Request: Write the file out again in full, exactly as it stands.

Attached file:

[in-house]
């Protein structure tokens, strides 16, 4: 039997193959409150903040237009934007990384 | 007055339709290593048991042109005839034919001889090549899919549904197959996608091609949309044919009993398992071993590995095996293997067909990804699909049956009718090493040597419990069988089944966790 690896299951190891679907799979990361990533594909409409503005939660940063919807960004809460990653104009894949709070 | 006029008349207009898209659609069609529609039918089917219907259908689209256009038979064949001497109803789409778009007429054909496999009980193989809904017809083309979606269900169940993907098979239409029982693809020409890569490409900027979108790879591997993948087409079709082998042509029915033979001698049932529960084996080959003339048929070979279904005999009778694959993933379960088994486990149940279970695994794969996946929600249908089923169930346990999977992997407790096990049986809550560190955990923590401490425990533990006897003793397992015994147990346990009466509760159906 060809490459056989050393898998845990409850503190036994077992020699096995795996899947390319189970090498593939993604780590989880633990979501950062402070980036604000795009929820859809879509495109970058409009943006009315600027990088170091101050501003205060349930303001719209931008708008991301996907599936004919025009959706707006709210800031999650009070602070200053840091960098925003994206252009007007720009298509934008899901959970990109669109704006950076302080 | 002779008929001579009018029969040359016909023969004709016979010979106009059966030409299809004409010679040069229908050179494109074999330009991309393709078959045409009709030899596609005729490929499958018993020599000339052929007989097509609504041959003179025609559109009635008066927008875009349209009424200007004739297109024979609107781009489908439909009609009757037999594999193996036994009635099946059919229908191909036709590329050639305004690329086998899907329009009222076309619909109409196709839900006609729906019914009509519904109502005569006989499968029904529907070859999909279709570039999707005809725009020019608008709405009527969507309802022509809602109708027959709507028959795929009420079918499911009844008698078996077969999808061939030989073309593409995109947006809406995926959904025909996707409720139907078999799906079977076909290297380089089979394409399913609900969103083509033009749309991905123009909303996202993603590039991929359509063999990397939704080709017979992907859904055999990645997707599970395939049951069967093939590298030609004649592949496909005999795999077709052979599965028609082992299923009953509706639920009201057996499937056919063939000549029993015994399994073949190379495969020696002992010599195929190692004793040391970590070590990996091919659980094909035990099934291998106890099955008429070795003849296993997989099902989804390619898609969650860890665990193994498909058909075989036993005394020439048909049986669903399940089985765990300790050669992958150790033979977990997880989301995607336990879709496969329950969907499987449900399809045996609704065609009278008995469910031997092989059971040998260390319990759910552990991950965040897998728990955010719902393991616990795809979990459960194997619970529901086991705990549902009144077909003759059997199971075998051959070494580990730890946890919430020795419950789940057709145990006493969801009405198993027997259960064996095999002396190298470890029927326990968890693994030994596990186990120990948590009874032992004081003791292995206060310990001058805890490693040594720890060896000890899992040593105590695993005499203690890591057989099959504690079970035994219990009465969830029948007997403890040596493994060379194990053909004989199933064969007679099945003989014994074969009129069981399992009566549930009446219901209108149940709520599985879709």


[in-house]
């Protein structure tokens, strides 16, 4: 039997193959409150903040237009934007990384 | 007055339709290593048991042109005839034919001889090549899919549904197959996608091609949309044919009993398992071993590995095996293997067909990804699909049956009718090493040597419990069988089944966790 690896299951190891679907799979990361990533594909409409503005939660940063919807960004809460990653104009894949709070 | 006029008349207009898209659609069609529609039918089917219907259908689209256009038979064949001497109803789409778009007429054909496999009980193989809904017809083309979606269900169940993907098979239409029982693809020409890569490409900027979108790879591997993948087409079709082998042509029915033979001698049932529960084996080959003339048929070979279904005999009778694959993933379960088994486990149940279970695994794969996946929600249908089923169930346990999977992997407790096990049986809550560190955990923590401490425990533990006897003793397992015994147990346990009466509760159906 060809490459056989050393898998845990409850503190036994077992020699096995795996899947390319189970090498593939993604780590989880633990979501950062402070980036604000795009929820859809879509495109970058409009943006009315600027990088170091101050501003205060349930303001719209931008708008991301996907599936004919025009959706707006709210800031999650009070602070200053840091960098925003994206252009007007720009298509934008899901959970990109669109704006950076302080 | 002779008929001579009018029969040359016909023969004709016979010979106009059966030409299809004409010679040069229908050179494109074999330009991309393709078959045409009709030899596609005729490929499958018993020599000339052929007989097509609504041959003179025609559109009635008066927008875009349209009424200007004739297109024979609107781009489908439909009609009757037999594999193996036994009635099946059919229908191909036709590329050639305004690329086998899907329009009222076309619909109409196709839900006609729906019914009509519904109502005569006989499968029904529907070859999909279709570039999707005809725009020019608008709405009527969507309802022509809602109708027959709507028959795929009420079918499911009844008698078996077969999808061939030989073309593409995109947006809406995926959904025909996707409720139907078999799906079977076909290297380089089979394409399913609900969103083509033009749309991905123009909303996202993603590039991929359509063999990397939704080709017979992907859904055999990645997707599970395939049951069967093939590298030609004649592949496909005999795999077709052979599965028609082992299923009953509706639920009201057996499937056919063939000549029993015994399994073949190379495969020696002992010599195929190692004793040391970590070590990996091919659980094909035990099934291998106890099955008429070795003849296993997989099902989804390619898609969650860890665990193994498909058909075989036993005394020439048909049986669903399940089985765990300790050669992958150790033979977990997880989301995607336990879709496969329950969907499987449900399809045996609704065609009278008995469910031997092989059971040998260390319990759910552990991950965040897998728990955010719902393991616990795809979990459960194997619970529901086991705990549902009144077909003759059997199971075998051959070494580990730890946890919430020795419950789940057709145990006493969801009405198993027997259960064996095999002396190298470890029927326990968890693994030994596990186990120990948590009874032992004081003791292995206060310990001058805890490693040594720890060896000890899992040593105590695993005499203690890591057989099959504690079970035994219990009465969830029948007997403890040596493994060379194990053909004989199933064969007679099945003989014994074969009129069981399992009566549930009446219901209108149940709520599985879709």